The next few days were hell. I didn’t eat, I didn’t sleep, and I couldn’t function. I stayed in bed and cried. 72 hours like clockwork, I got the call. I remember him saying something about it being aggressive and fast growing. I asked him if I would live to see my kids grow up and get married. He said that the doctors would do everything in their power. My kids were babies. Would they know me? Would my two year old remember me if I passed away? My diagnosis came on April 28th. It was my husband’s late grandfather Harry’s birthday.
The next few days were filled with doctors appointments and tests. I met my oncological surgeon, and my oncologist. They were encouraging and confident that this will just be a blip in the road. They were confident that we can beat this monster. I had about a dozen tests to see if the cancer was elsewhere, and if my body was healthy enough to start chemotherapy.
Chemo started May 16, 2016. I would have 16 rounds of treatment, followed by surgery. We were hoping for a lumpectomy, but tests revealed that I was a carrier of the BRCA-1 gene mutation and would need a double mastectomy, followed by a hysterectomy.
Chemotherapy was hell for me. I had a mild reaction to my first Taxol, so the following ones had to be a slower drip. When I moved onto AC, I had an allergic reaction to it that almost took my life. I powered through the best of my ability. My kids were suffering. Every little cold they had, they would move in with my parents. At one point my daughter broke out into a rash. A neighbor of ours who is a doctor immediately got on the phone with Infectious Diseases, in case it was Chicken Pox. I was immediately put on anti-virals and my chemo had to be delayed. My kids moved out again, and when I was annoyed with chemo being delayed yet again, I was told that we needed to treat this because it could kill me. I was scared. I would do whatever I can to beat this. I would not leave my kids without a mother.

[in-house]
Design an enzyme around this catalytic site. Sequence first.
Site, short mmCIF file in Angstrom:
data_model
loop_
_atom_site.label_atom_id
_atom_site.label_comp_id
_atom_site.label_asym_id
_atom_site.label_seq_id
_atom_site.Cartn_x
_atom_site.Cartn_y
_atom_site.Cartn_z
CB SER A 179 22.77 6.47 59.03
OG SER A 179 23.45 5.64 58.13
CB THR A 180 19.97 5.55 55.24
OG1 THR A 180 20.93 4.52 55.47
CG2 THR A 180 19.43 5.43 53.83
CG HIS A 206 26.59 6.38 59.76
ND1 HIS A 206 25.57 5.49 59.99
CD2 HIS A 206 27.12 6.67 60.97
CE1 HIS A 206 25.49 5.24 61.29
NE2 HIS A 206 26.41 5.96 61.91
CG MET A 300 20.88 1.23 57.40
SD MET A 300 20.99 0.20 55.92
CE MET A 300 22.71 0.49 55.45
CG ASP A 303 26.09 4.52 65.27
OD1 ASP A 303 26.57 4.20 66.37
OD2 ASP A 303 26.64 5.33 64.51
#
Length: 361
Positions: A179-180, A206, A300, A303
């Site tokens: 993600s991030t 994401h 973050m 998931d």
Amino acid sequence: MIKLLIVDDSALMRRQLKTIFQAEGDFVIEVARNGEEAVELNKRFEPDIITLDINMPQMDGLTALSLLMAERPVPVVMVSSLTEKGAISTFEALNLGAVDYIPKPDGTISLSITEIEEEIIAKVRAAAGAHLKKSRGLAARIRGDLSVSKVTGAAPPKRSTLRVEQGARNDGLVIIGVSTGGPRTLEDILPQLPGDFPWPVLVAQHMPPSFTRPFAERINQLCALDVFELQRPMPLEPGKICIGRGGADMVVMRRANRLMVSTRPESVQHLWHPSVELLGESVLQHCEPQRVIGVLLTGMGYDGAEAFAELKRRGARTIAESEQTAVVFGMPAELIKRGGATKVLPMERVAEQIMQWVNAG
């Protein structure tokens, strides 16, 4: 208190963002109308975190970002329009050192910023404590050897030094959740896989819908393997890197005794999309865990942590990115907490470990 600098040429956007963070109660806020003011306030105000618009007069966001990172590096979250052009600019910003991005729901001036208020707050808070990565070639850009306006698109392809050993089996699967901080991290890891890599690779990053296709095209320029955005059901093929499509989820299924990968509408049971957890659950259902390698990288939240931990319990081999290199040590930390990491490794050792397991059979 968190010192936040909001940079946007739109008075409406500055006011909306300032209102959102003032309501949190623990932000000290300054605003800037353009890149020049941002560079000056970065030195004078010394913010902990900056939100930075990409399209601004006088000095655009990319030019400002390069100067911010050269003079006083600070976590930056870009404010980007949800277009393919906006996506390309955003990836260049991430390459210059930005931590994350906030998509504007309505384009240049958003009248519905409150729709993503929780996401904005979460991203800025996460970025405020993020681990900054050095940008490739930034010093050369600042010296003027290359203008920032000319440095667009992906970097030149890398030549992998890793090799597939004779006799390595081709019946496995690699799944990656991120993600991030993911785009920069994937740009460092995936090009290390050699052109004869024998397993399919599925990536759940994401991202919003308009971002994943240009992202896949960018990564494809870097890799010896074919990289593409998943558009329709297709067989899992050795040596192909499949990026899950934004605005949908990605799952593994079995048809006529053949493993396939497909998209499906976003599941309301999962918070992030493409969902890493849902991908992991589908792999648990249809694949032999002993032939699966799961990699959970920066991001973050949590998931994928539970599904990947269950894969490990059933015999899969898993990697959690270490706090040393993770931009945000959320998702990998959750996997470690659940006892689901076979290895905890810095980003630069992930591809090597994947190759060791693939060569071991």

October 18 was 4 years since I finished chemotherapy. My double mastectomy was 6 weeks later. Though several more surgeries would follow, we consider my date of remission to be the date of my double mastectomy – November 24.
There are days where I think back to it and it seems like a different life. I cannot believe I had cancer, and I cannot wrap my head around the fact that my babies had to experience this. I attended one cousin’s wedding over ZOOM. For the other cousin’s wedding my mother in law cooked for me so that I could be comfortable that the food was cooked according to my chemo rules. My best friends got married and I was in a wig and had to sit down before walking down the aisle. For years I was a volunteer medic for the Weekend to End Breast Cancer. In 2016 I was walking for myself. I HAD Breast Cancer. I cannot look at an IV drip without tasting the metallic chemo and getting nauseous in the pit of my stomach. I am tired, my body hurts ALL the time, and only in the past few months have I been able to lose some of the weight I put on. However rough my road has been, whatever the after effects may be, it doesn’t matter. What matters is that……
LONG STORY SHORT, I SURVIVED.